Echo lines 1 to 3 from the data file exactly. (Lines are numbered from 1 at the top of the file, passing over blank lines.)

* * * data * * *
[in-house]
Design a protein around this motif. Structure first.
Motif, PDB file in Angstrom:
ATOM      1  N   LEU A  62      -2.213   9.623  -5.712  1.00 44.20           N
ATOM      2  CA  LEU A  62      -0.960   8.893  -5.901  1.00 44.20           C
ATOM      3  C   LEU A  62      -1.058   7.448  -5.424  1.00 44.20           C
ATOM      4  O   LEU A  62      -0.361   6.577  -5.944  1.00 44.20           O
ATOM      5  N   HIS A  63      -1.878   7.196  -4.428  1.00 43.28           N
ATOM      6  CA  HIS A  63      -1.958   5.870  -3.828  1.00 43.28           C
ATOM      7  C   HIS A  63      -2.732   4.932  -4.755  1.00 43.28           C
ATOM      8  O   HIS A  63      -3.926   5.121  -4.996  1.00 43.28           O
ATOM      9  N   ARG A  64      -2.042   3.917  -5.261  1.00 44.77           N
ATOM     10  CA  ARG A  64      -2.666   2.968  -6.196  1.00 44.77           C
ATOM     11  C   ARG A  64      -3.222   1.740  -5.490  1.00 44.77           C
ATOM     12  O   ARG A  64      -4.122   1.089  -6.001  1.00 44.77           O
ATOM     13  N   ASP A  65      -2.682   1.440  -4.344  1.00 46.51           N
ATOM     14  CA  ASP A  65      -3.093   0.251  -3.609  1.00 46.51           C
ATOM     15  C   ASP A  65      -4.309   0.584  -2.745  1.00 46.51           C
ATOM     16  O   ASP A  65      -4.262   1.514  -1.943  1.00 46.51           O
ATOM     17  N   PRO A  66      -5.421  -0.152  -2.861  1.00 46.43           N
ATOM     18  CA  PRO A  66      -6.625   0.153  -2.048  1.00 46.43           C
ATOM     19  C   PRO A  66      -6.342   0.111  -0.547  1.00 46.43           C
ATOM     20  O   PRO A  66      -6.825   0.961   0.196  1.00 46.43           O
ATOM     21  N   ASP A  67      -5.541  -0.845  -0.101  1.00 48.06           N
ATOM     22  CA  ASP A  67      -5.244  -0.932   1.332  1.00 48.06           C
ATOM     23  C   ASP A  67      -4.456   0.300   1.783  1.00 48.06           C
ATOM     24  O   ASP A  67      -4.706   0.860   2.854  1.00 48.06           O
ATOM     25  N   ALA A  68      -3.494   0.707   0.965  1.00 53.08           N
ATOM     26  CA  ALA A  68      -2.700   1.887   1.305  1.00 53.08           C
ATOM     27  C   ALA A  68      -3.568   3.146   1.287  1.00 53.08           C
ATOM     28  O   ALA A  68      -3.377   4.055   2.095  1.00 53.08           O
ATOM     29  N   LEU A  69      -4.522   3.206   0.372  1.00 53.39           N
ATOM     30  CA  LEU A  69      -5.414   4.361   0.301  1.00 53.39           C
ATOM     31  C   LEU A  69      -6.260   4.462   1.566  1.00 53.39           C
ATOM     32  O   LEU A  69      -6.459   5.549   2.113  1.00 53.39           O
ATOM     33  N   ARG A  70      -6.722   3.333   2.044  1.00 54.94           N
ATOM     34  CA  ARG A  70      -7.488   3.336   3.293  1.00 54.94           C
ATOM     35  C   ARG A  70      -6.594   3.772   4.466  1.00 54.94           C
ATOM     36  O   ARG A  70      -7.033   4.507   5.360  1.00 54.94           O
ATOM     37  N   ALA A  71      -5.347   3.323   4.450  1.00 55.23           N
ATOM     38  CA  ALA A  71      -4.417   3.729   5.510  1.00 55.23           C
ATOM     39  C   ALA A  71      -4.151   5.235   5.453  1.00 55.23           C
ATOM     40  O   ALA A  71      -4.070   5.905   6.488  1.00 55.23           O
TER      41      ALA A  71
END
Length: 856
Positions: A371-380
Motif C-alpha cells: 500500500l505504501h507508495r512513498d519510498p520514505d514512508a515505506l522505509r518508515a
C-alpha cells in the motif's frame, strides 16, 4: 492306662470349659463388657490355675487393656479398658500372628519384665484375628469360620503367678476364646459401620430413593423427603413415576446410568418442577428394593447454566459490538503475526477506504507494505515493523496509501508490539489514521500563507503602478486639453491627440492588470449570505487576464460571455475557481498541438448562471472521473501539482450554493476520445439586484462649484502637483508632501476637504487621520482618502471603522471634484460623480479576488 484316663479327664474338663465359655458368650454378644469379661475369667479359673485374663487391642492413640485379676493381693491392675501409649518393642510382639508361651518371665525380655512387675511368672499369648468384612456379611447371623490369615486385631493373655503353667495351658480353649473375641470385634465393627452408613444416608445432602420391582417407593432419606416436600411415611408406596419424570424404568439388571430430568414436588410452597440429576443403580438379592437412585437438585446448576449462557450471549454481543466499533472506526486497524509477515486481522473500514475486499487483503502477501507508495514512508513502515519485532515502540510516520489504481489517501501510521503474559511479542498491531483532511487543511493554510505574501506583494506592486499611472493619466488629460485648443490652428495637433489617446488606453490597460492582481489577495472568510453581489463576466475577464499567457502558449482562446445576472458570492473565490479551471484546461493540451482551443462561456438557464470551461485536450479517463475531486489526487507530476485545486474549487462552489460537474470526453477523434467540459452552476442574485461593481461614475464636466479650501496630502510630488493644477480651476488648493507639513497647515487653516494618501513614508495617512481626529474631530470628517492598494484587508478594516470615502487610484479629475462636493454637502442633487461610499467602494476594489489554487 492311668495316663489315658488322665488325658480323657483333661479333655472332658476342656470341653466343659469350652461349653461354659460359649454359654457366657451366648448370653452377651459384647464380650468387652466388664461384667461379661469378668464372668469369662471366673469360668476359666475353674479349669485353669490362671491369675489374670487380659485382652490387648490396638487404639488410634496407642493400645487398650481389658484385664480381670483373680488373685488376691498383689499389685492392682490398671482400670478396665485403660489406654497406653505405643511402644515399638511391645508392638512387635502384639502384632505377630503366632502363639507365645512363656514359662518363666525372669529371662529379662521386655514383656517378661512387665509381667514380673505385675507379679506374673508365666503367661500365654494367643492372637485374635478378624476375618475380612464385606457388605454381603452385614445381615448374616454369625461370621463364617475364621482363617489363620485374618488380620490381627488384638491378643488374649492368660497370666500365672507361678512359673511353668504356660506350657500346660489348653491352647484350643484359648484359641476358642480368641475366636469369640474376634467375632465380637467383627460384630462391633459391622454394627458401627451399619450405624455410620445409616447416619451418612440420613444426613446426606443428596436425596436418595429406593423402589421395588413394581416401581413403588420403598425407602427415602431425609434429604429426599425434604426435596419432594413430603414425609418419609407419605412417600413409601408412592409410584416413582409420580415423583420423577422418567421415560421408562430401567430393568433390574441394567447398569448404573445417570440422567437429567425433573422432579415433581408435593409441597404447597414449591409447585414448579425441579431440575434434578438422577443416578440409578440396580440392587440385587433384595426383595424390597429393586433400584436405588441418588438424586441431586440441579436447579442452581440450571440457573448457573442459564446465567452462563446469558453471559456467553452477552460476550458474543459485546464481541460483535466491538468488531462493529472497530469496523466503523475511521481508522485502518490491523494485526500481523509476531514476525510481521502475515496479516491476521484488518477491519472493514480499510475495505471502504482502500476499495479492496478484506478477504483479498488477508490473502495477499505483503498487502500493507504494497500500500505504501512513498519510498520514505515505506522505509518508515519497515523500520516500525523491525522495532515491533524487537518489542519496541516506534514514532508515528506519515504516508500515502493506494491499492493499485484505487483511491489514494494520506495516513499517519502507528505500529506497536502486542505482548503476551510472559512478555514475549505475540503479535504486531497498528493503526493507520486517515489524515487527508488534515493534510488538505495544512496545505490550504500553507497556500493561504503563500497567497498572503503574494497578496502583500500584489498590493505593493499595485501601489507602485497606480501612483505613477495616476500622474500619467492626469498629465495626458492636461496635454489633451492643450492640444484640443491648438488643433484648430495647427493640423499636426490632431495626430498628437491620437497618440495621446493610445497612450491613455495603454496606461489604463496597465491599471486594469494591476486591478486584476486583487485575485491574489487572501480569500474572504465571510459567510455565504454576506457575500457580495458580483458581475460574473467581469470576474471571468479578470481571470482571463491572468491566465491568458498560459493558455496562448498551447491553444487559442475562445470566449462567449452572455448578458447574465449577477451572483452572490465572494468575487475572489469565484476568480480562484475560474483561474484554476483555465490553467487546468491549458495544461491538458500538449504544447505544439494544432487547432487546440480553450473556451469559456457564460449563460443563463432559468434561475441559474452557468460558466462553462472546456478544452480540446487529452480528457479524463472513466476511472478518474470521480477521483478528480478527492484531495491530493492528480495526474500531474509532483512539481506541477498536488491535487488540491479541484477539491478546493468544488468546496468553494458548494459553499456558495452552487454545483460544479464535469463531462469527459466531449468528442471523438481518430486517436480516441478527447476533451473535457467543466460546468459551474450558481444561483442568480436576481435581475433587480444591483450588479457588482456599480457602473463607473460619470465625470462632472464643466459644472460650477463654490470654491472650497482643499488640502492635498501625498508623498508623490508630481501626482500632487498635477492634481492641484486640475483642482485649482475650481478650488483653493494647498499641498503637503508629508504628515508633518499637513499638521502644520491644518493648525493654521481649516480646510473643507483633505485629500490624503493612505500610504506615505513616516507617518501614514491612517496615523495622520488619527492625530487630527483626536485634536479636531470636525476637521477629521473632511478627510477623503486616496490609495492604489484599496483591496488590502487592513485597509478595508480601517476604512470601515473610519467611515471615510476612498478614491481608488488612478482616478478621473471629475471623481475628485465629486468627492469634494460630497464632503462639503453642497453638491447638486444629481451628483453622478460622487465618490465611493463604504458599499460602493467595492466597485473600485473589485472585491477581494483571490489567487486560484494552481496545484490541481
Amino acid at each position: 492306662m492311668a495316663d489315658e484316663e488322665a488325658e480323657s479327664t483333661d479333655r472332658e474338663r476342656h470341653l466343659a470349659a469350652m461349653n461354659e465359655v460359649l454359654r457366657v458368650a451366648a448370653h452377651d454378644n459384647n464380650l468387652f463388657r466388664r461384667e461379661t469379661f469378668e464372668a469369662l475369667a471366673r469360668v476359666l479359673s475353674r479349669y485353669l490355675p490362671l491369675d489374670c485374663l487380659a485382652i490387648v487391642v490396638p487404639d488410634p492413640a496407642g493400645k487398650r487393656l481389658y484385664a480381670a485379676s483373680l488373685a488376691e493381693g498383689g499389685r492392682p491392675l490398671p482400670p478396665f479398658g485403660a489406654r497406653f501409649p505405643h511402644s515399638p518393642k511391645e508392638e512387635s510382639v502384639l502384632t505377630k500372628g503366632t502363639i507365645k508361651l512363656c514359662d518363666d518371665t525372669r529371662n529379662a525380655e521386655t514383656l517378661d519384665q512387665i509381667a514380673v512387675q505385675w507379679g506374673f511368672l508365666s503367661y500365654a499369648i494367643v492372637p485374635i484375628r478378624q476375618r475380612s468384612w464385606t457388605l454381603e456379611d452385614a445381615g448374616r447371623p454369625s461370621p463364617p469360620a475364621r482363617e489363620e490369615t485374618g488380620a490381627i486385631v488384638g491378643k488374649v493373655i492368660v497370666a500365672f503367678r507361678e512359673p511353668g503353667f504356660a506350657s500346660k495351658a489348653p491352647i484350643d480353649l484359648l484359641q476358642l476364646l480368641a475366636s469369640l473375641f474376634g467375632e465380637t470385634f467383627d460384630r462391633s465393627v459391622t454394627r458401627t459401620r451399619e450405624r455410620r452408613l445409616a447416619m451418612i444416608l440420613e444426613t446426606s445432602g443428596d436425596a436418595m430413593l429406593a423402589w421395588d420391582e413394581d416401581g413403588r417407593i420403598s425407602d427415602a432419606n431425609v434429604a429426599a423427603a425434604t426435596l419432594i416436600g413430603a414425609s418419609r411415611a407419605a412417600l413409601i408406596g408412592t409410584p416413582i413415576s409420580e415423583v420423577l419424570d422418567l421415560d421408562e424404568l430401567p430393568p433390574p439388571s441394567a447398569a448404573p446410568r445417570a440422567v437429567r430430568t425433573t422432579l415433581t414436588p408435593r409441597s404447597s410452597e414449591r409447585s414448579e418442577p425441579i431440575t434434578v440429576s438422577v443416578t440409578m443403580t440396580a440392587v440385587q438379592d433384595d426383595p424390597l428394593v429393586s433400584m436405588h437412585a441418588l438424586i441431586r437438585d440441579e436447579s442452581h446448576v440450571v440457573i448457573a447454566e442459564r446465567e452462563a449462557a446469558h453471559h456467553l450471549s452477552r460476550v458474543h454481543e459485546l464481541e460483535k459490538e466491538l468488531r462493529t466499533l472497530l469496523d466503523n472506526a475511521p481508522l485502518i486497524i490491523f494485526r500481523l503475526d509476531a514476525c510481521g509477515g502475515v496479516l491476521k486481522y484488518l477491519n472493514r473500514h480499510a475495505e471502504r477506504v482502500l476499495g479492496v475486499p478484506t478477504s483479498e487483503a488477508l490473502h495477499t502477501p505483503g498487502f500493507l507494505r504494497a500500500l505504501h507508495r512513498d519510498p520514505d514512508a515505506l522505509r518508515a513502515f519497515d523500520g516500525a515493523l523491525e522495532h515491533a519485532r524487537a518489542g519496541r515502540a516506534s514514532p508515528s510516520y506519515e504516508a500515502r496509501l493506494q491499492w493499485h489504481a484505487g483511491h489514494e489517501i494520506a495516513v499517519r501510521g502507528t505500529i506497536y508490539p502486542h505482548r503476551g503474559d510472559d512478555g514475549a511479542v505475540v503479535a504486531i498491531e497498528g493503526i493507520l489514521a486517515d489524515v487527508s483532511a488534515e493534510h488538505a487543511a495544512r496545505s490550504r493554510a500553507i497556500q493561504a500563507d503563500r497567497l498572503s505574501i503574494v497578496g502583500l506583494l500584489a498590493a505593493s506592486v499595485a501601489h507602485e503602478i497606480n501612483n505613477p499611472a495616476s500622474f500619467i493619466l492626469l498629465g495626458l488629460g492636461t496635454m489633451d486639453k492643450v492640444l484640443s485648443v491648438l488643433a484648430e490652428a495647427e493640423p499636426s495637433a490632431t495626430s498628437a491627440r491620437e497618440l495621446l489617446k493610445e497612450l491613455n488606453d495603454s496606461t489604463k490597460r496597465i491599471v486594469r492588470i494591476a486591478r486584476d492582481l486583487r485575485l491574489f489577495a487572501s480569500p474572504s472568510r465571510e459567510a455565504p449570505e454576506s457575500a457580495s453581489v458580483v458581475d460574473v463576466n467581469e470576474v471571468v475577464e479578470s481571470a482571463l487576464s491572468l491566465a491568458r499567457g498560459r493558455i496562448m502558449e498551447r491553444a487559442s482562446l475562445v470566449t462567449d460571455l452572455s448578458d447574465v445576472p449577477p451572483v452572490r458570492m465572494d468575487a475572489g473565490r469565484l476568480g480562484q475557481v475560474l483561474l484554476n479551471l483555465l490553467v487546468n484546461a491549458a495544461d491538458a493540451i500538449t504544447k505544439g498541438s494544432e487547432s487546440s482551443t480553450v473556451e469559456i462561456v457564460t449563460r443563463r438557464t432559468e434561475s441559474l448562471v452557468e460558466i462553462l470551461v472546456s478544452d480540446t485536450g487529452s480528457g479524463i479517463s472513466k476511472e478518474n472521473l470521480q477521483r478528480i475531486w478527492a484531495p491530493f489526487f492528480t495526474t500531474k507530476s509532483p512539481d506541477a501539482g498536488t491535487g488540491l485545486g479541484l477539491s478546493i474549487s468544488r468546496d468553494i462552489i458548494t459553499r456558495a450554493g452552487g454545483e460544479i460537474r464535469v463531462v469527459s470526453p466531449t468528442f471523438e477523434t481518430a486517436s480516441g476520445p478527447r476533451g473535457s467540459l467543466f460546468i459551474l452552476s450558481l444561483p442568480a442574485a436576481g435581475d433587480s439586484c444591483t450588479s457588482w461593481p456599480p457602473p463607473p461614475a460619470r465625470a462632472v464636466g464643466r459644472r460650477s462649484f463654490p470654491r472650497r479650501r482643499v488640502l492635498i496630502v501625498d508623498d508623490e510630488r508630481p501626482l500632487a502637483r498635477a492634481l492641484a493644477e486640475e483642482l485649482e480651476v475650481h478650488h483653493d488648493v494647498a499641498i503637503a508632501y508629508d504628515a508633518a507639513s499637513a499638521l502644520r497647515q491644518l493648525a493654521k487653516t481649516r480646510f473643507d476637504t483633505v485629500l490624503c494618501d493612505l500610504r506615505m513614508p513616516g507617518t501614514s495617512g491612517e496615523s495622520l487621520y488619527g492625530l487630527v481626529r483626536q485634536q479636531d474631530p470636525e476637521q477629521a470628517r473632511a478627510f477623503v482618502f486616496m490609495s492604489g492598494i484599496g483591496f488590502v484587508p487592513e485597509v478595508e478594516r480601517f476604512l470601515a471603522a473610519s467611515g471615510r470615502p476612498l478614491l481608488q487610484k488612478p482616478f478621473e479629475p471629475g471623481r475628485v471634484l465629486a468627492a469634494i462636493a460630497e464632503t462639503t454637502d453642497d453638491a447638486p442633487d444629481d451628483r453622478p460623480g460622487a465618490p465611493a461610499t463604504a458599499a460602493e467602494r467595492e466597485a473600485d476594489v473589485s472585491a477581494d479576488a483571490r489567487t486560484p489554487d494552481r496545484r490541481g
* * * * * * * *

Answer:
[in-house]
Design a protein around this motif. Structure first.
Motif, PDB file in Angstrom: